Angel Guzman doesnt live with regrets

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Angel Guzman doesnt live with regrets

Tuesday, March 1, 2011
6:30 PM
By Patrick Mooney
CSNChicago.com

SCOTTSDALE, Ariz. As good as Carlos Zambrano, the Cubs say when they look back on what Angel Guzman used to be.

That seems like a lifetime ago, but coming up through the system, the Cubs were high on two pitchers from Venezuela. One now has a guaranteed 91.5 million contract, while the other is working on a minor-league deal.

At the age of 29, Guzman does not view that as unfair, or wonder about what might have been. Eleven months after arthroscopic surgery on his right shoulder, he is focused on throwing batting practice on Wednesday, for the first time all over again.

I never paid attention to that at all when I was younger, Guzman said. I wouldnt change anything. I would do it the same way (as Im) doing it right now. Just keep it simple (be) a humble guy and just live in the reality.

Guzman was a pitcher the Cubs could dream about. Perceptions started changing in 2003, when Dr. James Andrews operated on Guzmans shoulder to repair a small tear in the back of his labrum. That was right around the time he should have been playing in the All-Star Futures Game.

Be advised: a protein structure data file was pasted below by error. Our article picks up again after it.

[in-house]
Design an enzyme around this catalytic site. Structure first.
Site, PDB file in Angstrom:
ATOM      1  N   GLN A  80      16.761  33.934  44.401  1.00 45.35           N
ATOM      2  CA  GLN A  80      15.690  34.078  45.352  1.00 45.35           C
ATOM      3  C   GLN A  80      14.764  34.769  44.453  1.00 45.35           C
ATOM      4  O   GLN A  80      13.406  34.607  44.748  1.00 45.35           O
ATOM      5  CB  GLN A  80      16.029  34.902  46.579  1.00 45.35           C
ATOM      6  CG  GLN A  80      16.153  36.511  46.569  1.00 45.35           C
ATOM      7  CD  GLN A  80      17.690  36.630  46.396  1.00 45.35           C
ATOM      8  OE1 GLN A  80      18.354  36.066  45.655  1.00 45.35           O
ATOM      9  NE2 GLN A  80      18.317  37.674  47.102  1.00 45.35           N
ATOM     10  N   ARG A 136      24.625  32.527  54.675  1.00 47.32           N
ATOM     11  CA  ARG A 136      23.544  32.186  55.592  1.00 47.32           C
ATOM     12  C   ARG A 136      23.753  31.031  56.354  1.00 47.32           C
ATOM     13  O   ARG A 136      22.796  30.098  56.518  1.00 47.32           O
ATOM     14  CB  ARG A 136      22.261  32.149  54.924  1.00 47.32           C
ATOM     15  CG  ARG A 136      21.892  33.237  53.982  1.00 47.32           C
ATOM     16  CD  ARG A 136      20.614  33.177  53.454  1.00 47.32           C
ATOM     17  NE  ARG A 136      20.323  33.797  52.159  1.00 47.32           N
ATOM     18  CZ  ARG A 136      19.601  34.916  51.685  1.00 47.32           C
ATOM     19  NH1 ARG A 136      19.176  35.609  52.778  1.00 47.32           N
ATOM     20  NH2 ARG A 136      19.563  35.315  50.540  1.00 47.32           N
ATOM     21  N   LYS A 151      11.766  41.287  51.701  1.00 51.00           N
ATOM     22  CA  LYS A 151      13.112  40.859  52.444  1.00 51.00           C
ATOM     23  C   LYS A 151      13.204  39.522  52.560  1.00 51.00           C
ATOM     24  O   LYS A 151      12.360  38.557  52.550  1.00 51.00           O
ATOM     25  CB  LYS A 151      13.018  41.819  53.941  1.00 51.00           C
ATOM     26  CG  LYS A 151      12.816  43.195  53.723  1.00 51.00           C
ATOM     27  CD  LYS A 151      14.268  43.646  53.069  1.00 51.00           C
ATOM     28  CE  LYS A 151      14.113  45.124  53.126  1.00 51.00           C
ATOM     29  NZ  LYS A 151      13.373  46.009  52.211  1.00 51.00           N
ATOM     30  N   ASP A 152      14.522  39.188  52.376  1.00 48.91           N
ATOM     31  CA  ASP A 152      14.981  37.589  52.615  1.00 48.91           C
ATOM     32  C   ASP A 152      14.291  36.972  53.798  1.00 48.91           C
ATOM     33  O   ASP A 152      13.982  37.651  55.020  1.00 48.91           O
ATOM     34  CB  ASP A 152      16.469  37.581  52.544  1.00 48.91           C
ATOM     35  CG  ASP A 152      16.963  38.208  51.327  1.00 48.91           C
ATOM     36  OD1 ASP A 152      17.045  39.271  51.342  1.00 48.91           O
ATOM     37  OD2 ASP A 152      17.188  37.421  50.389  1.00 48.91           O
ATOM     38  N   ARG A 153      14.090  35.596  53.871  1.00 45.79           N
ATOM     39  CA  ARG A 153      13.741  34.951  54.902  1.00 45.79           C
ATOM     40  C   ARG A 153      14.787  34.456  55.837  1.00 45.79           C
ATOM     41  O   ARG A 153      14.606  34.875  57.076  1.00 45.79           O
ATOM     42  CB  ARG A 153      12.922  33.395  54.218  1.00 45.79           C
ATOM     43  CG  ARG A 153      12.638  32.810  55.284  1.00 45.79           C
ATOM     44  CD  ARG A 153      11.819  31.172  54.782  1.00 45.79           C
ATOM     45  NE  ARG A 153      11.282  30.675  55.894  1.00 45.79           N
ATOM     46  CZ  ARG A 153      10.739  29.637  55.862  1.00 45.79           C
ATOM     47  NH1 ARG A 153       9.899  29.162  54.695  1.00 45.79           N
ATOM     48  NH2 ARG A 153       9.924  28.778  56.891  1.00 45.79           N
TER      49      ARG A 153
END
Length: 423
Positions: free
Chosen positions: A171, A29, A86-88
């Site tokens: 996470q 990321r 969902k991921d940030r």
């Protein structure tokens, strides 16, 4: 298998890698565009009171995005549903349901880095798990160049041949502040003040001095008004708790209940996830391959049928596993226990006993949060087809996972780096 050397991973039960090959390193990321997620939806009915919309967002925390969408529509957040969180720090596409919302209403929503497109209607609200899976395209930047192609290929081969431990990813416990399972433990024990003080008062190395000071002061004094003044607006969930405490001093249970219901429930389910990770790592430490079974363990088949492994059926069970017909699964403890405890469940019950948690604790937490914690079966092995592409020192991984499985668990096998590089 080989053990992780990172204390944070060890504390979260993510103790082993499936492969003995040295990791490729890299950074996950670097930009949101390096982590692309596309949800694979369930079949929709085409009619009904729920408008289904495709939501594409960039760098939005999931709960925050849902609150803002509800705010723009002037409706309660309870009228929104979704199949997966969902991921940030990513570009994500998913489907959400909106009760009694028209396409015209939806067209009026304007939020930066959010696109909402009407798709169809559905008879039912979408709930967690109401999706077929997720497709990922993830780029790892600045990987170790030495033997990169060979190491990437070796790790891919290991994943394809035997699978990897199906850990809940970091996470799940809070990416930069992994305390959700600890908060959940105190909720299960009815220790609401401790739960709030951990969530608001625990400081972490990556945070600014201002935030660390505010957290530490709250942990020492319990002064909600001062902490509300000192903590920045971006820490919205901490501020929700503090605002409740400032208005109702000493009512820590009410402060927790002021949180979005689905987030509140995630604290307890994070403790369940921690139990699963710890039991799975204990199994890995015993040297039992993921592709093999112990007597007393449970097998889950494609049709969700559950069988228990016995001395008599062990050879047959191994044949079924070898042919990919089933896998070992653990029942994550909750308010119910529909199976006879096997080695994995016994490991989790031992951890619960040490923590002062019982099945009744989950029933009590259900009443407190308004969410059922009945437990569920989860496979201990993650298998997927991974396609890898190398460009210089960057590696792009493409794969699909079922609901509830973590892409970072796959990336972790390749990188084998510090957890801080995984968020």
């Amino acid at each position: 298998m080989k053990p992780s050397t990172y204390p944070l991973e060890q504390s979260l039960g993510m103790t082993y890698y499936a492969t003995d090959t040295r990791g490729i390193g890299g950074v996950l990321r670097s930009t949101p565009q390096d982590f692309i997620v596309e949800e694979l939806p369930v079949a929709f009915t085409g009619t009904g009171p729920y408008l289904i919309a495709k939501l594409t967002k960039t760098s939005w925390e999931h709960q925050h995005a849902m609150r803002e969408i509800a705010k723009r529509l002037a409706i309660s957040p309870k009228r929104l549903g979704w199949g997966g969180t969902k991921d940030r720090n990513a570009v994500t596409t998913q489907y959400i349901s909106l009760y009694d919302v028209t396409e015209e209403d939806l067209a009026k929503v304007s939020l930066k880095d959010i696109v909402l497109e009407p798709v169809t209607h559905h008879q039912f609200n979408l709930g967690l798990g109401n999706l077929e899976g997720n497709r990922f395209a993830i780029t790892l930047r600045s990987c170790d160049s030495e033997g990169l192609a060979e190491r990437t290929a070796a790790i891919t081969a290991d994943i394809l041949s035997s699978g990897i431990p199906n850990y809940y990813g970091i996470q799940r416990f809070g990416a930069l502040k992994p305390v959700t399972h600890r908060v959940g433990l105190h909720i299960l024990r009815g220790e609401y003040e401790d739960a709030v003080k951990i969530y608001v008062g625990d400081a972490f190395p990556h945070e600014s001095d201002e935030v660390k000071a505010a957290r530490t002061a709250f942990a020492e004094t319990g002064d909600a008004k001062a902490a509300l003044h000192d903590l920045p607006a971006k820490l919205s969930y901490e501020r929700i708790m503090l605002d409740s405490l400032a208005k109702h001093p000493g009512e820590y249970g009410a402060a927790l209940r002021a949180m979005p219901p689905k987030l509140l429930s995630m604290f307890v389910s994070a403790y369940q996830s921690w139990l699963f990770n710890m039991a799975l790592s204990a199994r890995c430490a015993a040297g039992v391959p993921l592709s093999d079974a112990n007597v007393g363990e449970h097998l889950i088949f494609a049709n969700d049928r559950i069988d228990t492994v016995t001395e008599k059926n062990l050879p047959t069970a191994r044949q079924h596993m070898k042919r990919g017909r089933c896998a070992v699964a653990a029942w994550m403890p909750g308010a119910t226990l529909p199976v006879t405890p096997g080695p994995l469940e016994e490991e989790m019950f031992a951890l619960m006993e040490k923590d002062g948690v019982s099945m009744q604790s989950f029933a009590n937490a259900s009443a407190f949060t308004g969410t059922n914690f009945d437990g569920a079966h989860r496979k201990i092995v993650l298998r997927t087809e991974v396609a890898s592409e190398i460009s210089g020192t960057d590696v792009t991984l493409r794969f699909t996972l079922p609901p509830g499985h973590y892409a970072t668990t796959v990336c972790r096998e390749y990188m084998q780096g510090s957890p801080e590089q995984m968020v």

My first look at him was like: Oh my God, said Cubs manager Mike Quade, who watched Guzman in camp and had him at Triple-A Iowa. And there were a lot of moments in his career in between the injury issues where thats what you saw. He was an exciting young prospect, for sure: Stuff, stature, a tall (kid with) good life (on his pitches). There were a lot of things to like.

Andrews, one of the most famous names in sports medicine, would also perform Guzmans Tommy John surgery in 2007, as well as the procedure last March. By then, everything was closing in on Guzman. He was already recovering from knee surgery, and dealing with the loss of his brother, who was murdered last year in Venezuela.

Its one of the cruelties of the game, Quade said. Hes a guy you root for, a long shot, (but) Ive played a few of those and cashed.

All this has given Guzman remarkable perspective. He spent all last season in Arizona, fighting the loneliness by working out in the brutal desert heat. Hes feeling better, but through experience knows that this will be a slow process.

Guzmans shown that he can do the job he posted a 2.95 ERA in 55 games out of the Cubs bullpen in 2009 but the Cubs cant count on him because of those medical records. His goal is to leave Mesa by May if everything goes the right way and head to a minor-league affiliate.

They want me to come back and every single guy in this clubhouse is showing me support, Guzman said. Its something that you really have to appreciate. (The Cubs) have been waiting for me for so long. Its something that really motivates you to become a better person, a better player, a better teammate.

Guzman became a free agent this offseason, and could have signed elsewhere, but returned to the organization hes been a part of since the Clinton administration.